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Can You Prevent Cataracts?

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An older man struggling to see his phone due to blurry vision

Have you noticed lately that your prescription has been changing more frequently? Or, maybe, you’ve noticed your vision is getting slightly more blurry, or you have difficulty seeing at night. While these symptoms could be minimal, it may be a sign that you’re developing a cataract.

Cataracts are a normal part of the ageing process, but most cataracts develop slowly and don’t affect your eyesight until later on. Unfortunately, as you continue to age, cataracts will eventually interfere with your vision. 

So what can you do if you suspect you have a cataract? During an eye exam, your optometrist can help determine the most suitable option for you. While there are no studies that have proven that cataracts can be delayed, there may be several strategies that can help you. Keep reading to learn more about cataracts, how we treat them at Henderson Vision Centre, and how to preserve your vision as you age. 

What are Cataracts? 

Cataracts occur when the normally clear lens in your eye becomes clouded over. Depending on the type and severity of your cataract, this clouding can range from small areas to large areas. How much your vision is affected depends on how much of your lens is clouded.

Cataracts happen to almost everyone as they age, and are typically diagnosed in those aged 60 and above. 

The Different Types of Cataracts  

Several different types of cataracts can affect your vision and eye health, including:  

  • Nuclear cataracts are the most common form of cataracts, causing clouding and hardening in the centre of your lens.
  • Cortical cataracts are cataracts that look like streaks on the edge of your lens, instead of the clouding that is seen with nuclear cataracts.
  • Posterior subcapsular cataracts are a type of cataract that develops on the back of the lens instead of the front. These types of cataracts tend to progress faster than others. 
  • Congenital cataracts are a rare type of cataract that are present at birth. 
  • Trauma-induced cataracts are cataracts that occur due to trauma. They can develop anywhere on the eye and typically develop a “flower-petal” shape. 

What Causes Cataracts?

Cataracts are a normal part of ageing. As you age, the lenses in your eyes become more rigid and thicker, which can cause the lenses to break down and clump together. This clumping is the reason the lens begins to cloud. With time, the clouding will become more dense as the cataract continues to develop. 

Additional Risk Factors 

While ageing is the main cause of cataracts, there are several factors that can put you at risk for developing cataracts earlier. These factors include:

A close-up image of a woman's eye with a cataract present

What Symptoms Should I Look Out For?

More often than not, cataracts don’t show symptoms right away. They typically develop slowly and you may not notice until a cataract has fully developed. 

In some cases you may notice symptoms such as: 

  • Cloudy or blurry vision
  • Sensitivity to light 
  • You see halos around lights
  • You have double vision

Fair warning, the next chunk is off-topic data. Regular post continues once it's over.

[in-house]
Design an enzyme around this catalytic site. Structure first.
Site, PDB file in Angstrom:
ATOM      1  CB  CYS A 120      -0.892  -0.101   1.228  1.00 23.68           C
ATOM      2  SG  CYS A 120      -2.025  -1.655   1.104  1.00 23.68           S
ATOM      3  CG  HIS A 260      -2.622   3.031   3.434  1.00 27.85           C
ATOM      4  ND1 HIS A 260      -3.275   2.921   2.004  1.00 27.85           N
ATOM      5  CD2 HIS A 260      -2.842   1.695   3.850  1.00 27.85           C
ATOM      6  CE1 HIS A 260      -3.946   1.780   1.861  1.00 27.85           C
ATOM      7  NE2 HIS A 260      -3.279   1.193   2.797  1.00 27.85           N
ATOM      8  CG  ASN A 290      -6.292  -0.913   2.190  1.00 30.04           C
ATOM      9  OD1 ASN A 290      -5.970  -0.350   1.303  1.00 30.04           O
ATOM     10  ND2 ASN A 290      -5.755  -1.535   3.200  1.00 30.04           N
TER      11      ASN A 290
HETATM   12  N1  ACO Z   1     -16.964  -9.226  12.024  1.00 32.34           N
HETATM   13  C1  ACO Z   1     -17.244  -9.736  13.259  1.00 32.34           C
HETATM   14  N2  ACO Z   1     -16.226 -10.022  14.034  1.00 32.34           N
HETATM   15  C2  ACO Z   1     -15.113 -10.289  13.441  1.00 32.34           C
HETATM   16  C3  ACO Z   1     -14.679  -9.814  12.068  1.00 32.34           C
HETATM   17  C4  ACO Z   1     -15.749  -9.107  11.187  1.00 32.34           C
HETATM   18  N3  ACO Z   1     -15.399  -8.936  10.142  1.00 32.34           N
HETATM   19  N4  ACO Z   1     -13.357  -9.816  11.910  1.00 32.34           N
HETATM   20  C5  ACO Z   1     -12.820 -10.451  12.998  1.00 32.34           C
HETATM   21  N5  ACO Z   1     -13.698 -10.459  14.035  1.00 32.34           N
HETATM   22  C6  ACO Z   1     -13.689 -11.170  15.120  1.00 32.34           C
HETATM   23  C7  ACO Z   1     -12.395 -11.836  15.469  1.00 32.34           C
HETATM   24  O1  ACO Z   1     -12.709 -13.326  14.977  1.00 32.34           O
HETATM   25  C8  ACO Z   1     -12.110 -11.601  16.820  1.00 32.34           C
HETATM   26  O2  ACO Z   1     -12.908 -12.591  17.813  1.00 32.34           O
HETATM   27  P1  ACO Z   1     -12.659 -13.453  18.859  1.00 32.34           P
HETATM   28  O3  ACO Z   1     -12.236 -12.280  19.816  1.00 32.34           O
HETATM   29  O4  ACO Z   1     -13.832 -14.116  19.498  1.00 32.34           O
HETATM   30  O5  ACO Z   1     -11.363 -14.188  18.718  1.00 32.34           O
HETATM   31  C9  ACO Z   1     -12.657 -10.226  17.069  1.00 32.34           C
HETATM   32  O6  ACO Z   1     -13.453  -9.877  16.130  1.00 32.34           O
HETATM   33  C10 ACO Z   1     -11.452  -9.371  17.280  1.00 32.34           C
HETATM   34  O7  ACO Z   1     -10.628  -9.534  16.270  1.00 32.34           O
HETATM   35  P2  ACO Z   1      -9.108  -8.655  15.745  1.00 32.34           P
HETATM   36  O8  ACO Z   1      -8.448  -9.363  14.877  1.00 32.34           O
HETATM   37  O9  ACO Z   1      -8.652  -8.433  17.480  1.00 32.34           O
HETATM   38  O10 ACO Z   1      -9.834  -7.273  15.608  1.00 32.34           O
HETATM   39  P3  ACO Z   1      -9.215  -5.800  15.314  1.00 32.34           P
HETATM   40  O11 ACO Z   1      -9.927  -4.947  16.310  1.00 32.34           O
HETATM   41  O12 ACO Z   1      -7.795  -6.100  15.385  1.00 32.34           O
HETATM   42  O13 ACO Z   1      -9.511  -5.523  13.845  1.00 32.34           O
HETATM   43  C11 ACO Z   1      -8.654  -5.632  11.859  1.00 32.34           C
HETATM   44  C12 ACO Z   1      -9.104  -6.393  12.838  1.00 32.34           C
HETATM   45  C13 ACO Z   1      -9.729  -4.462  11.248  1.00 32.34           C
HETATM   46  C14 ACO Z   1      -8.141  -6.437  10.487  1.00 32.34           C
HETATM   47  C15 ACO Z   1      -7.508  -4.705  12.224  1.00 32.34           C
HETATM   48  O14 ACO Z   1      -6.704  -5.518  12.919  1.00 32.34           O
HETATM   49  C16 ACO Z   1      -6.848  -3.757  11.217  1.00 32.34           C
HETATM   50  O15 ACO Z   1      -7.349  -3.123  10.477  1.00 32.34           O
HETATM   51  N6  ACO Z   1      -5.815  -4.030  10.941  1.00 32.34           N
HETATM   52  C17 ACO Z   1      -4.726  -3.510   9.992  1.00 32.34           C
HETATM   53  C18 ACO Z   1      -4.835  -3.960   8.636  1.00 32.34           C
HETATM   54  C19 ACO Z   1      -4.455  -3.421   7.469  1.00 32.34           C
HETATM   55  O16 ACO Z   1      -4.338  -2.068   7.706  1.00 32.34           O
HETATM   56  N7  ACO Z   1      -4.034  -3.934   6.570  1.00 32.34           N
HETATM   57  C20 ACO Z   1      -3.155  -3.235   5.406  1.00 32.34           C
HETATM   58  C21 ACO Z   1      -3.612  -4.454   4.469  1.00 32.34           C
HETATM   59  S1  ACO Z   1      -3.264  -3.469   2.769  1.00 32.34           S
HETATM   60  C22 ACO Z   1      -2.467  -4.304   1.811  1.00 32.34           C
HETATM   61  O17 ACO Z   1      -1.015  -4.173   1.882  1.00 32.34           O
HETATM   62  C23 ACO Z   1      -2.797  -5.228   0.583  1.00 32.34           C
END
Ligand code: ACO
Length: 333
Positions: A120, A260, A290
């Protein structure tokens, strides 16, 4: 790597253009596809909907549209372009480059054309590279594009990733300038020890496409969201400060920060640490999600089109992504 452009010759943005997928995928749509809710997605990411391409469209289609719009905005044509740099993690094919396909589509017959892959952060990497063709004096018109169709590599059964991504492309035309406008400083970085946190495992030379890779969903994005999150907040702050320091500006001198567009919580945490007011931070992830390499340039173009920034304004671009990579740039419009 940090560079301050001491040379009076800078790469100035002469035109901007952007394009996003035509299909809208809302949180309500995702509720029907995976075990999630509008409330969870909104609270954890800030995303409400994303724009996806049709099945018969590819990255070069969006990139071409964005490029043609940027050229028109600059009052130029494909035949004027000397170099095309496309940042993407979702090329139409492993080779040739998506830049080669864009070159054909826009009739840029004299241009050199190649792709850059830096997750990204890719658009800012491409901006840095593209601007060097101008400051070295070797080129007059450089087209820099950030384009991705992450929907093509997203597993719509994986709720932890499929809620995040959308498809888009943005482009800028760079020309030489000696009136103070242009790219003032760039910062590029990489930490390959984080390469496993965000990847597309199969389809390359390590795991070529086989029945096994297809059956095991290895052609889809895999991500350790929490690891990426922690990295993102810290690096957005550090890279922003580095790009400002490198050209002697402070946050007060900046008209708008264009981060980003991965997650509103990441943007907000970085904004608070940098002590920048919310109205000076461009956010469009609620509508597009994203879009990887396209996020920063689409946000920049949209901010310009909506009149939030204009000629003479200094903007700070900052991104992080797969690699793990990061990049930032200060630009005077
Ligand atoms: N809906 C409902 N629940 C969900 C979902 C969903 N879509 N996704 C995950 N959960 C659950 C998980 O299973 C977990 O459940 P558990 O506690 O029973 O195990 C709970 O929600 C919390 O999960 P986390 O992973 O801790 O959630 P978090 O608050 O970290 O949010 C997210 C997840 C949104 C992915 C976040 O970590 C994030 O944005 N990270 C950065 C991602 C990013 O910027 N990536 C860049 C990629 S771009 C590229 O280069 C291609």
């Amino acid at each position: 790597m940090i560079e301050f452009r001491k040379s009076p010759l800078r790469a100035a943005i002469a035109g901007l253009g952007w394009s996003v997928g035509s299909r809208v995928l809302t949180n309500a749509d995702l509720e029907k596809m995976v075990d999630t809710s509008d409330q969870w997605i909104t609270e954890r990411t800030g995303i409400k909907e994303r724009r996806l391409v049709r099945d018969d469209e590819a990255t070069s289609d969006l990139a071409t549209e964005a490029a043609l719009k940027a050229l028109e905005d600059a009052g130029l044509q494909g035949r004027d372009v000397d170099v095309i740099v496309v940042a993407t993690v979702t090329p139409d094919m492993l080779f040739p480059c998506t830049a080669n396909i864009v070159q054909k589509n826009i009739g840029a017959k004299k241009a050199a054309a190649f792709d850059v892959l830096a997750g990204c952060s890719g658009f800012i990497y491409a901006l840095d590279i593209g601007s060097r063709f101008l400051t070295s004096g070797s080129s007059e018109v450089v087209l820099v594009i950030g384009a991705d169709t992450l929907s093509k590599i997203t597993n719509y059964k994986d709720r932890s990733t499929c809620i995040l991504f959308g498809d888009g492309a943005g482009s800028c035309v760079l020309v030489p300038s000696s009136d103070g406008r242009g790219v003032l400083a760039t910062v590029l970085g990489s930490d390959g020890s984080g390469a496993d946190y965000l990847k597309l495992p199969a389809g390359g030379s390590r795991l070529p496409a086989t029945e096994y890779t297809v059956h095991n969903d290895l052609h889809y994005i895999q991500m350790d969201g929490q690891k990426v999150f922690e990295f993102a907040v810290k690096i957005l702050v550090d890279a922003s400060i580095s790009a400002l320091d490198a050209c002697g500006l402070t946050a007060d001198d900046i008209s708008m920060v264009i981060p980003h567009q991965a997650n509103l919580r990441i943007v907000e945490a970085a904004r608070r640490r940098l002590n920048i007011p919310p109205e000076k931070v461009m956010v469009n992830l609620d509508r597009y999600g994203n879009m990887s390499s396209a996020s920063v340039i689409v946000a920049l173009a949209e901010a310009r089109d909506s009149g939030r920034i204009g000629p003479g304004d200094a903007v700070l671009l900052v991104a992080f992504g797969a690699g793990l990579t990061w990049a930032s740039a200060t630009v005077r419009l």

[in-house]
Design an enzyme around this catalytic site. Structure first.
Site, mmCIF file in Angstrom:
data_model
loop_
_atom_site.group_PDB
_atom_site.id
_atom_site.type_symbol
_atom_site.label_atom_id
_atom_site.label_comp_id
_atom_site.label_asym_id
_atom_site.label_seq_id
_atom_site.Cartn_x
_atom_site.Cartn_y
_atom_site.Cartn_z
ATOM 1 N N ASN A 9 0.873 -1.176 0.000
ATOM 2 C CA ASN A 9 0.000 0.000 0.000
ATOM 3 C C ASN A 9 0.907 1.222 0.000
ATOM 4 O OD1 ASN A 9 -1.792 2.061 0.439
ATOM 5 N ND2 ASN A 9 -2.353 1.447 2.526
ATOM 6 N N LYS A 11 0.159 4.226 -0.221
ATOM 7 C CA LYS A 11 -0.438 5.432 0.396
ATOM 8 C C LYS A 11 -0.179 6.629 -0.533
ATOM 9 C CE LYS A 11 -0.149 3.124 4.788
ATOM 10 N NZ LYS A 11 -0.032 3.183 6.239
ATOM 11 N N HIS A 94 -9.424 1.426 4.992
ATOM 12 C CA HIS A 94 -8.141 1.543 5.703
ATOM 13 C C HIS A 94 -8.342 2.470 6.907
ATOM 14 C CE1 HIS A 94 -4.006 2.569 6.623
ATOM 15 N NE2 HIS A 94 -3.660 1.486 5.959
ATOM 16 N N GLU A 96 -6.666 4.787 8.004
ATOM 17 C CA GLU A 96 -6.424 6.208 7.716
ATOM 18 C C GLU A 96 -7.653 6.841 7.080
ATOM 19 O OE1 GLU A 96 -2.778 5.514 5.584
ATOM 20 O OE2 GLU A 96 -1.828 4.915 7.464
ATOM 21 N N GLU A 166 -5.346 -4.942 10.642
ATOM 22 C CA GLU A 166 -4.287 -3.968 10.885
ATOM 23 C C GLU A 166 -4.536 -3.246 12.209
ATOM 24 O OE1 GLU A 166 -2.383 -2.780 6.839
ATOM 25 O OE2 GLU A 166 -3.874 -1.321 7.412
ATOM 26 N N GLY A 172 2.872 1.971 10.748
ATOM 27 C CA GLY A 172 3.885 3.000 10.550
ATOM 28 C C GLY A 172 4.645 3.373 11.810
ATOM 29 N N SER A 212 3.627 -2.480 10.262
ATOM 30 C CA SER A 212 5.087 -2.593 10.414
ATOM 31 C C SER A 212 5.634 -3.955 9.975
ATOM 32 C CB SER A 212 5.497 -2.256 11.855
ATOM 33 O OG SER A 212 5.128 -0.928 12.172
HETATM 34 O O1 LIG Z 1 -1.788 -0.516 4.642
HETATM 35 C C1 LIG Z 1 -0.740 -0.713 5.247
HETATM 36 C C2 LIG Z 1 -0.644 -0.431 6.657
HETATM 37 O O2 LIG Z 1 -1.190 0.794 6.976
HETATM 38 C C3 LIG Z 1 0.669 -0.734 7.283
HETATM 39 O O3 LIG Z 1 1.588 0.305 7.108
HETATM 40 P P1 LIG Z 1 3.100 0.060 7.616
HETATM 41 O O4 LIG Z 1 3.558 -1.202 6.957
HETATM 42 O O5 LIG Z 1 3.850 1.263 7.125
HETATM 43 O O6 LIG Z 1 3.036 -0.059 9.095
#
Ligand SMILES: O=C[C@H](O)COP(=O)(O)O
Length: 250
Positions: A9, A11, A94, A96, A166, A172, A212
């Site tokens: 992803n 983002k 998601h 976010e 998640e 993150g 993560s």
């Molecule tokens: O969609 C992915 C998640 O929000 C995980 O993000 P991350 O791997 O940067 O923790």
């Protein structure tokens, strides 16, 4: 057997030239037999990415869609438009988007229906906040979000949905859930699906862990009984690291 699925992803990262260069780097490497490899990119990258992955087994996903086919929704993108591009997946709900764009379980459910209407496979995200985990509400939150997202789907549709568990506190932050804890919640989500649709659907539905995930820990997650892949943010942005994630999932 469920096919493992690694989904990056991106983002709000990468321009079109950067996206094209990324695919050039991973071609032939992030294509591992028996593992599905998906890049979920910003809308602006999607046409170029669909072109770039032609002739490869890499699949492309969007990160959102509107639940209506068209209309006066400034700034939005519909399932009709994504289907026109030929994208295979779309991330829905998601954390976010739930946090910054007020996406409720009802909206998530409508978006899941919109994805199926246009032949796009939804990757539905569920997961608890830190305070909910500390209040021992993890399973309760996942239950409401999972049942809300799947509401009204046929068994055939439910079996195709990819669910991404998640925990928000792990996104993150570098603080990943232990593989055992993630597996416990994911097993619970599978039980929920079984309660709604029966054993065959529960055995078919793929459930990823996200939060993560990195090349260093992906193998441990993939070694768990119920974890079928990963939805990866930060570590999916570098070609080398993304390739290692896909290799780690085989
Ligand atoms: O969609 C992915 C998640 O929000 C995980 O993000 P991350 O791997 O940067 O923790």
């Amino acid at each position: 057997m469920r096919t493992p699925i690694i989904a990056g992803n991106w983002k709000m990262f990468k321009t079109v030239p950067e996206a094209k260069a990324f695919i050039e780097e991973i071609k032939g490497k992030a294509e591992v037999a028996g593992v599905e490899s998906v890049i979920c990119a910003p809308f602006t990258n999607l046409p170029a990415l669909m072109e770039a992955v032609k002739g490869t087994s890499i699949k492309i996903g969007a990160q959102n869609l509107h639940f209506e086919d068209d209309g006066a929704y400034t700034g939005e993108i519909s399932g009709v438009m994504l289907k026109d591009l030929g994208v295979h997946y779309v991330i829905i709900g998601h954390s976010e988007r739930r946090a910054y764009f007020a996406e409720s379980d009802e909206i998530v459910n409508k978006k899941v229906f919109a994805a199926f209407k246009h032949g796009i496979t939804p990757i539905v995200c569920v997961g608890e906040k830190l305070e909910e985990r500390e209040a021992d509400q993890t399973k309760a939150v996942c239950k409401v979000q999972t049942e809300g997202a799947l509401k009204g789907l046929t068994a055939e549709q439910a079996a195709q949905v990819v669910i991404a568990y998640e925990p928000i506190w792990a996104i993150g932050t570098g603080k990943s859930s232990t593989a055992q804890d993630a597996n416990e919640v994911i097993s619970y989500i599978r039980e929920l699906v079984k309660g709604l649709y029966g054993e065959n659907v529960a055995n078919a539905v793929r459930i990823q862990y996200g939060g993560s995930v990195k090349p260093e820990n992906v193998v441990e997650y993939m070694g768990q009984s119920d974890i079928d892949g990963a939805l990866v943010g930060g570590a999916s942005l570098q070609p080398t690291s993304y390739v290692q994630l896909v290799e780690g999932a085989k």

• Your vision changes often 
  • Colours look different or appear faded 
  • Trouble seeing at night 

It’s hard to determine on your own if your symptoms are the result of cataracts. No matter which symptoms you’re experiencing, it’s important to see your optometrist for a proper eye exam. Only your optometrist can assess the root cause of your symptoms and get you the treatment you need.

Can I Prevent Cataracts?

Unfortunately, cataracts can not be entirely prevented, but there are steps you can take that may slow their progression. 

Maintain a Regular Eye Exam Schedule

Eye exams are an important part of keeping yourself healthy. An eye exam can help detect not only cataracts, but a variety of other health-threatening diseases. A lot of eye diseases require treatment as soon as possible, so it’s vital to make sure you’re seeing your optometrist on a regular basis. 

Protect Your Eyes from the Sun 

Ultraviolet B light, or UVB, can contribute to the development of cataracts. To protect your vision, wear sunglasses when in the sunlight.

Quit Smoking & Limit Alcohol Use

People who smoke or drink alcohol on a regular basis are at a higher risk for developing cataracts. To protect your eyes, ask your doctor for suggestions about how to stop smoking or drinking.

Manage Other Health Problems

Other health problems can affect your vision and eye health. If you’ve been prescribed medication or treatment for another health condition, make sure to adhere to your doctor’s orders.

Choose a Healthy Diet 

A healthy, well-rounded diet ensures that you’re getting all the vitamins, nutrients, and antioxidants your eyes need to stay healthy. To protect your eyes, maintain a proper diet with a focus on whole foods. 

We’re Here to Help

Still have questions about cataracts? Our team is always here to help! Get in touch with Henderson Vision Centre today.

Written by Dr. Melina Chow

Dr. Chow received her Doctor of Optometry from the University of Waterloo in 2005. She has been an integral part of the Henderson Vision team for over 15 years, moving back to her hometown immediately upon graduating from university. When she isn’t at the clinic, Dr. Chow runs circles trying to keep up with her two energetic boys. Once she’s had enough cardio, she enjoys baking and planning her next vacation.
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